Figure 1: Photograph of the patient's eyes displaying innumerable basal cell carcinomas on lower eyelid bilaterally, obscuring the eyelid margin

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Figure 2: Photograph of the patient's hand depicting palmar pitting. Though only one hand is shown, the other had similar findings

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Figure 3: Computed tomography maxillofacial and head of the case report patient, showing: (a) Large odontogenic keratocytes obscuring the maxillary sinuses and (b) calcification of the falx cerebri

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The anterior and posterior lamellae of the lower eyelids of both eyes were biopsied and revealed nodular type BCCs. The clinical diagnosis was Gorlin syndrome based on these findings, and the patient is currently undergoing genetic testing. Due to the extensive nature of the lesions, the patient was referred to the oncology clinic and began systemic treatment with vismodegib.

   Epidemiology Top

NBCCS is a rare condition, with a prevalence of approximately 1 in 60,0000, which varies based on geographic region and ethnicity.[6] For example, the prevalence in North America is approximately 1/57,000 people,[7],[8],[9] while lower prevalence rates of 1/256,000,[10] 1/164,000,[11] 1/235,800,[12] and 1/13,939,393[13] have been noted in Italy, Australia, Japan, and Korea, respectively. This difference may partially be explained by ethnicity, as it has been shown that the disease is more common in Caucasians, but essentially equal in all others.[6] Males and females also appear to be equally affected.

Though the disease is rare in the general population, young patients presenting with characteristic findings should be carefully screened for this syndrome, even without a significant family history. Twenty-three percent (3/13 patients) of young adults aged 21–35 years presenting with periocular BCCs had NBCCS in one series.[14] Another series of six pediatric patients diagnosed with NBCCS found palmoplantar pitting in 100% and multiple BCCs in 83%, but only 33% had a positive family history in a first-degree relative.[15]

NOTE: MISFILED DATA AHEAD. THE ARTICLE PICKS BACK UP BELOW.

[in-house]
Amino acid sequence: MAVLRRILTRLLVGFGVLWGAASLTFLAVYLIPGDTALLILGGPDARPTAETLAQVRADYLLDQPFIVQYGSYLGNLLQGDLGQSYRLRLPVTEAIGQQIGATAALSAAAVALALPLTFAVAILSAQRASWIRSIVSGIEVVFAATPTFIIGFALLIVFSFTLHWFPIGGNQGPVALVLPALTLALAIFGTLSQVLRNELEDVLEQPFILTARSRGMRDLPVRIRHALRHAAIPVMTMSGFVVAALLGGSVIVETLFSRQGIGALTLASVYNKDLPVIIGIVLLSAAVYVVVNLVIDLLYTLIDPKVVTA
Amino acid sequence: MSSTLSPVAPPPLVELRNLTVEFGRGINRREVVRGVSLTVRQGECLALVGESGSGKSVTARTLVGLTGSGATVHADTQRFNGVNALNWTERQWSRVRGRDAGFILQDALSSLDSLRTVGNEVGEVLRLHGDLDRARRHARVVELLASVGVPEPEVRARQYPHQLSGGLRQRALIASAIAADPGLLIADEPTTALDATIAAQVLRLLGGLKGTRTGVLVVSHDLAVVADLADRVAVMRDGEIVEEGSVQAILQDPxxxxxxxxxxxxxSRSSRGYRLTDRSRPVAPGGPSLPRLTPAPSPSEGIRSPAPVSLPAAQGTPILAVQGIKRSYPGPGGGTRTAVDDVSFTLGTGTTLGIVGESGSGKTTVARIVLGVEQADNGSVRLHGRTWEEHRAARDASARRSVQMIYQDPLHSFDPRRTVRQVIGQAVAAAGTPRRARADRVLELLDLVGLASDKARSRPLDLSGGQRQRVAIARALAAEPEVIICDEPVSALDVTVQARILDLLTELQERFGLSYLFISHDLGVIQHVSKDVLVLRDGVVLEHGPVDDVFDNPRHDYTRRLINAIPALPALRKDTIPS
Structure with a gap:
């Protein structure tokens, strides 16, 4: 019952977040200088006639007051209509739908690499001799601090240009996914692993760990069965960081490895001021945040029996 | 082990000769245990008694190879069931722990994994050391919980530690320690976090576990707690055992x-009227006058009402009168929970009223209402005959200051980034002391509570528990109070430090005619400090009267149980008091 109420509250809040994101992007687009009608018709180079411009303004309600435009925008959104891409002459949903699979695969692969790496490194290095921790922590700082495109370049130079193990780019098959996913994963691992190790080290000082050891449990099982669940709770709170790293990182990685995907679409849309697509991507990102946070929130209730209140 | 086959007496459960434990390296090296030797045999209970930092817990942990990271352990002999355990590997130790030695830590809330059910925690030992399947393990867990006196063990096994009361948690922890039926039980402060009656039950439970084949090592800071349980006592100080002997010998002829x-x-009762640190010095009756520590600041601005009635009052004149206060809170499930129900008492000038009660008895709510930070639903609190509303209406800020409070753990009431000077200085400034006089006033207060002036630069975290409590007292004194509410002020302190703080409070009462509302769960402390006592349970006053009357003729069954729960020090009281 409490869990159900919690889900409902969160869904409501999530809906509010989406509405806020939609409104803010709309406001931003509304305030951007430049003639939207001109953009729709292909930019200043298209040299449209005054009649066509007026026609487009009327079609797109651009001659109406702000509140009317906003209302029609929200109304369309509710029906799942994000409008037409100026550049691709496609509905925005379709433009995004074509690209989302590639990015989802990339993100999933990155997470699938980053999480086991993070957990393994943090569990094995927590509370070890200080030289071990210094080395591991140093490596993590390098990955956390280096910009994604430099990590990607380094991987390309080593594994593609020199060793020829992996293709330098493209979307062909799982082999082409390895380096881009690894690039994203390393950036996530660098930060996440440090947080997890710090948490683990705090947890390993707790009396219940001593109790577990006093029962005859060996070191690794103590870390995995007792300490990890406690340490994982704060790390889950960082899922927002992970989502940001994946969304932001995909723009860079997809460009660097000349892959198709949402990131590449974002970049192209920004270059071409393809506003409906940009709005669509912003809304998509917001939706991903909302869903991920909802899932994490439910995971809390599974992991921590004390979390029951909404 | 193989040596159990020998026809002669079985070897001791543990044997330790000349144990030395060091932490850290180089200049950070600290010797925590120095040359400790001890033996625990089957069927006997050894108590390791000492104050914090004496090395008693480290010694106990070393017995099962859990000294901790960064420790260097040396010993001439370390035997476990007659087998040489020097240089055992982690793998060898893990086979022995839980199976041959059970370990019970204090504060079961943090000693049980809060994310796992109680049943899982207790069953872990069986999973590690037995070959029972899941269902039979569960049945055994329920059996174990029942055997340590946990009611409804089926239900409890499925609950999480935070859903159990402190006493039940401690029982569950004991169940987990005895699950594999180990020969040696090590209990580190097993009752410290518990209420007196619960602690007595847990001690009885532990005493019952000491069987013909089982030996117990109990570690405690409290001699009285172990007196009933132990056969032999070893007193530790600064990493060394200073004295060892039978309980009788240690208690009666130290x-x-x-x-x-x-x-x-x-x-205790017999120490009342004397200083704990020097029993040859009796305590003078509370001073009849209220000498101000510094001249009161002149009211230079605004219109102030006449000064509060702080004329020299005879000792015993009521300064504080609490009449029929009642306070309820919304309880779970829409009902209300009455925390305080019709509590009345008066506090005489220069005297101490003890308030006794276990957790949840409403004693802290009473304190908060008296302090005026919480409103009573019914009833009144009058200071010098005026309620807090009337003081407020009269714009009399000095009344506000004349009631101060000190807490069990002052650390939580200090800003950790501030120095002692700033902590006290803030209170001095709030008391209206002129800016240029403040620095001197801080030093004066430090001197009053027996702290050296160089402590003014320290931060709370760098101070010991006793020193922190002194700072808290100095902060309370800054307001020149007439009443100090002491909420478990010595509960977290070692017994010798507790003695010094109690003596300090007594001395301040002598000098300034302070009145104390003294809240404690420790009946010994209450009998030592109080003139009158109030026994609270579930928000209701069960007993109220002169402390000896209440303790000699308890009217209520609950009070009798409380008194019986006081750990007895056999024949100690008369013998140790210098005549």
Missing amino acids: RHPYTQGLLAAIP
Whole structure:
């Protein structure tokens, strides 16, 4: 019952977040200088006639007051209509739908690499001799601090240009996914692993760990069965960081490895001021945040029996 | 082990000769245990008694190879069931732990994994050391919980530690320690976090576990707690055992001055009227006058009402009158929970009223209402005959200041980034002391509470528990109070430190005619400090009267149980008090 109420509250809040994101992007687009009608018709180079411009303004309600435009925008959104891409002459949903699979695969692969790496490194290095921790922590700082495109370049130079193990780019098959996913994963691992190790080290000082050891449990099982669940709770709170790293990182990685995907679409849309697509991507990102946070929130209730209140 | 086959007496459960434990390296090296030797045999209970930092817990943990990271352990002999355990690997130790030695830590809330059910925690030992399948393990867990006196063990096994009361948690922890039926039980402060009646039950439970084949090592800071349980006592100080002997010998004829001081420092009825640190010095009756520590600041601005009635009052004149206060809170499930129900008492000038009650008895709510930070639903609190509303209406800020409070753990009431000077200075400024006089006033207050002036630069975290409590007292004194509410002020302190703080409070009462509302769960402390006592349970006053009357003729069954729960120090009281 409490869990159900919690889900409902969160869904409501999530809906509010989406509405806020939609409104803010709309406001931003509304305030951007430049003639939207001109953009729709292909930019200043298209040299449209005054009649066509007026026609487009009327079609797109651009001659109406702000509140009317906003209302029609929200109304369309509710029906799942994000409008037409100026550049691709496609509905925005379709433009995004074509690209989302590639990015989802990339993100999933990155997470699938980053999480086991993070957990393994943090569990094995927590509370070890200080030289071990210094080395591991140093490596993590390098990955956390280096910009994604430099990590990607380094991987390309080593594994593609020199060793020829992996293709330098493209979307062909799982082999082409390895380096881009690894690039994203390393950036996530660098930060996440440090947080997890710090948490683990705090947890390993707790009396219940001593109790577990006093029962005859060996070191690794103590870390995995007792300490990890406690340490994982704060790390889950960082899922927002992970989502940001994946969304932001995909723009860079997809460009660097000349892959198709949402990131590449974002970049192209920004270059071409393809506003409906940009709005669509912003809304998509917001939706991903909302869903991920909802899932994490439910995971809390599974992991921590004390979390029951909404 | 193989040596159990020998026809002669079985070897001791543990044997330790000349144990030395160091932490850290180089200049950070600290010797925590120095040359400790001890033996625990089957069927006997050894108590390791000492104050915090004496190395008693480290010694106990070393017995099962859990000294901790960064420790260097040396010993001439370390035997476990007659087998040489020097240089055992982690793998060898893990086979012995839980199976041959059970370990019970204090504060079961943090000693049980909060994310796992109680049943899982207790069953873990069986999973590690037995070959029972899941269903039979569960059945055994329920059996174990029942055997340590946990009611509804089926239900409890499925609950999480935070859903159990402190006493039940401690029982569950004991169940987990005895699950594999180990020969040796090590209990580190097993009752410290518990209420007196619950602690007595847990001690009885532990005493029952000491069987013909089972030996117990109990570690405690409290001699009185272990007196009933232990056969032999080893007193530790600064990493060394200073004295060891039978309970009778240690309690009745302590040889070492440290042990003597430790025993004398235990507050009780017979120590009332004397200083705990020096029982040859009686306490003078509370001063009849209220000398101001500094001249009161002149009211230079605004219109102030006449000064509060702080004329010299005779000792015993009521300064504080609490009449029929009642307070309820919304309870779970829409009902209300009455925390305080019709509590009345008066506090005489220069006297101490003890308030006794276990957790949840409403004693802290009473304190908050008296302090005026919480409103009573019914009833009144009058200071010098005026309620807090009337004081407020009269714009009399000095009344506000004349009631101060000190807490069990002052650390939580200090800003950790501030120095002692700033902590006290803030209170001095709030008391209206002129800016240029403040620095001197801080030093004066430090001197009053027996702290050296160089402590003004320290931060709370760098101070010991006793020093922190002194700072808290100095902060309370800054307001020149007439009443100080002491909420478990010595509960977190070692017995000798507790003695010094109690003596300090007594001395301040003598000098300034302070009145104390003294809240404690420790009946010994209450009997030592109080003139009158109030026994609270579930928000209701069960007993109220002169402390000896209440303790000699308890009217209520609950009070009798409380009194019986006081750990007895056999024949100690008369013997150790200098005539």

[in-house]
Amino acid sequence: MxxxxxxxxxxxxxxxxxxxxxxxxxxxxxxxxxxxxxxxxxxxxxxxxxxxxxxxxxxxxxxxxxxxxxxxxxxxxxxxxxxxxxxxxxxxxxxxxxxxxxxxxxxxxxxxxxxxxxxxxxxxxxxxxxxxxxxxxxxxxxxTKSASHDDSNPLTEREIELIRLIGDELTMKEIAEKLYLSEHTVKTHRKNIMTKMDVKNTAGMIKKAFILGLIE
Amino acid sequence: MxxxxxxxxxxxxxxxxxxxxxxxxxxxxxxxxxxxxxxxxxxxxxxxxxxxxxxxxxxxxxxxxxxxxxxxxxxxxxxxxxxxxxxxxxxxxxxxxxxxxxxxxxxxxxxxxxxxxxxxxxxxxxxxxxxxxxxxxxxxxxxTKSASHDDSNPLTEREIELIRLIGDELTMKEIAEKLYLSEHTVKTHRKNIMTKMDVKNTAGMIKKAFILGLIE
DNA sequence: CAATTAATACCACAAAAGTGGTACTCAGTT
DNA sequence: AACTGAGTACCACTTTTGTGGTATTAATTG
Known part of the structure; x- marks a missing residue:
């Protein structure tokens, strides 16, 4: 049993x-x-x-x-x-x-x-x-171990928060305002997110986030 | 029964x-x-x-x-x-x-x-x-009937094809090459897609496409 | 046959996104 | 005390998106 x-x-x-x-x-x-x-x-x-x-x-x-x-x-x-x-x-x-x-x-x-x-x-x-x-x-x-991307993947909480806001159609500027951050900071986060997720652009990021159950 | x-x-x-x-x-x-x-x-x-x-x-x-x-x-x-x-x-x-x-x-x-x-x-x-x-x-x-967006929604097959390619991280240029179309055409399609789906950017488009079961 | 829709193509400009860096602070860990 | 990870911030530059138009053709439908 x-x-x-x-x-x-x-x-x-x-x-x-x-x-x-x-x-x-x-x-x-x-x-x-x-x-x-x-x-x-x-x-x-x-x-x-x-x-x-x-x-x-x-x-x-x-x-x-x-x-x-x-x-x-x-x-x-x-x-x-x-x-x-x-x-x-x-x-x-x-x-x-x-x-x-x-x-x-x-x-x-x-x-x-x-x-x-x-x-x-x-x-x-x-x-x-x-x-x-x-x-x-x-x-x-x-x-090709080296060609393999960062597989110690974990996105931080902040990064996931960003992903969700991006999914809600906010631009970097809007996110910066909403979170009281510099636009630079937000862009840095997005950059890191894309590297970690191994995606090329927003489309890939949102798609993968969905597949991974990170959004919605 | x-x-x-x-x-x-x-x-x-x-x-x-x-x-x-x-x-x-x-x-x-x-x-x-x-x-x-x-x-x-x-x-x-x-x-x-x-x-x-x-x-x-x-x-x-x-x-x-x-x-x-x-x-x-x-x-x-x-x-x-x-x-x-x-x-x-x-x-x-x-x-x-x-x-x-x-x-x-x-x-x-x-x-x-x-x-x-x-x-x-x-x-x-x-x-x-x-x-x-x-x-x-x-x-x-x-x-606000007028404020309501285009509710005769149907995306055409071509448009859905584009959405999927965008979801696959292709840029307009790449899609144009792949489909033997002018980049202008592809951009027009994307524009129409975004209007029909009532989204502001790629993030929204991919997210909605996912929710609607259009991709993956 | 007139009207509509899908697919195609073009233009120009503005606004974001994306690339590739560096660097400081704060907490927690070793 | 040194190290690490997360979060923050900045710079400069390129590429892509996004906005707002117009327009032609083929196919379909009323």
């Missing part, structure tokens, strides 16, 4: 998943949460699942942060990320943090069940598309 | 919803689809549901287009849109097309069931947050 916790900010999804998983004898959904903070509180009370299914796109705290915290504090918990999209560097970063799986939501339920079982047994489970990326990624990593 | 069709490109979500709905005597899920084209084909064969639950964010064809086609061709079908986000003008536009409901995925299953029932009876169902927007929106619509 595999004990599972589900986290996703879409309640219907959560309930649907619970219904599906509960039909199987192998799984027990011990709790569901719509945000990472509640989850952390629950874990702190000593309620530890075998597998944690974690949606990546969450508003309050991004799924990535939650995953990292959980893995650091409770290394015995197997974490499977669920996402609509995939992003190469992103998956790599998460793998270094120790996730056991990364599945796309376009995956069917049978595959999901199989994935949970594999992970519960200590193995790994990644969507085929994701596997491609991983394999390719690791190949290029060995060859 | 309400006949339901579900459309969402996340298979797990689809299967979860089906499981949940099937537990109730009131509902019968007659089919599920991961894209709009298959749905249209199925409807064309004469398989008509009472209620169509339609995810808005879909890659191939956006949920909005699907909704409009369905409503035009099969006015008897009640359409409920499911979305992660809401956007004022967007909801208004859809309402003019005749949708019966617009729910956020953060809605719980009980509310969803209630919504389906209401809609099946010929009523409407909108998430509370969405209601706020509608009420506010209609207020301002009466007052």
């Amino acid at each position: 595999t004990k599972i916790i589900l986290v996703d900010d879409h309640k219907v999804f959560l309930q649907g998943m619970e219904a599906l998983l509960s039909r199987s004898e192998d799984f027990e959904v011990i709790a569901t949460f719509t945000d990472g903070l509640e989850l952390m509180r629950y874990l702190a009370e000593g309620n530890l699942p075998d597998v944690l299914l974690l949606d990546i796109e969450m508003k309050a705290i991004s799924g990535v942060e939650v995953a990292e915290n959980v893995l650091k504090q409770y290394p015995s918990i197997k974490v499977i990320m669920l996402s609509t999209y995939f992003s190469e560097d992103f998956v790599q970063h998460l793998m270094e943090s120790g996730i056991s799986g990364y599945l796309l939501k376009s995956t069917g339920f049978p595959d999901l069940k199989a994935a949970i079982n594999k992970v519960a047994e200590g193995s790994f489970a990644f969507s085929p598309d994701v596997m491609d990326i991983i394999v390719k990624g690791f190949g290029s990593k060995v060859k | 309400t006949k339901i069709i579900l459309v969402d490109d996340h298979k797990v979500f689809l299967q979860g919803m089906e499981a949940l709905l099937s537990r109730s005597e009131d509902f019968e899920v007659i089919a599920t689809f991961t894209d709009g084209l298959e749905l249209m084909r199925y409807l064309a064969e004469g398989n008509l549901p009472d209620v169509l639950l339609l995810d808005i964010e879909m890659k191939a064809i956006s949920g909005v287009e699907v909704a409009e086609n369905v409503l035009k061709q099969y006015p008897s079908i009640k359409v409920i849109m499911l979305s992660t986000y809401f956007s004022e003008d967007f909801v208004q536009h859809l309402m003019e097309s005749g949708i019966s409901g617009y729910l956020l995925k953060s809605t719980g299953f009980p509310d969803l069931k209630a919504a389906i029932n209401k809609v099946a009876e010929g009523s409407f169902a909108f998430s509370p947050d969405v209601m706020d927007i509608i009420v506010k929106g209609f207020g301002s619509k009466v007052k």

Methods Top

A PubMed search was performed for articles written in English published on NBCCS between 1984 and 2014. The search combined keywords "NBCCS" or "Gorlin syndrome" with any of the following: "Ophthalmology," "eye," and "ocular manifestations."

Our literature search indicated 87 published articles. After excluding unrelated articles, 33 articles were reviewed. Emphasis was placed on recently published papers as well as those that focused on ophthalmologic manifestations. Thirty-one articles were ultimately used at final review. Previously published review articles, large case series, and other pivotal publications on Gorlin syndrome were also referenced.

   Ophthalmologic Findings Top

Basal cell carcinoma

The most iconic feature of NBCCS is multiple BCCs. The average age of onset is 25 years, but they have been reported in children as young as 3–4 years old.[4],[8] Patients with NBCCS will display BCCs that vary in number from 2 to 1000, vary in size from 1 to 10 mm in diameter, and vary in appearance from flesh-colored papules to ulcerating plaques. They can often be mistaken as skin tags, nevi, or hemangiomas.

Population studies have noted differing frequencies of BCCs in patients with NBCCS, with the highest rates in western countries such as the United States (91%),[4] Australia (85%),[11] and the United Kingdom (73%).[8] The difference in incidence is thought to be due to the ultraviolet radiation exposure, a theory supported by the fact that BCCs are most commonly found on sun exposed areas such as the face, back, and chest.[6] Non-Caucasian and African and American population studies have lower incidences.[10],[12],[13],[16] The protective effects of skin pigmentation are thought to be the likely reason for these observations.

While most patients with NBCCS will have periocular BCCs, most patients with periocular BCCs will not have NBCCS.[14],[17] Additionally, BCCs in Gorlin syndrome are most commonly of the infundibulocystic variety, which is less aggressive and rarely undergoes metastasis.[18] Though rarely malignant, periocular BCC can still be a source of morbidity from the high burden of disease or alteration of eyelid architecture.[19]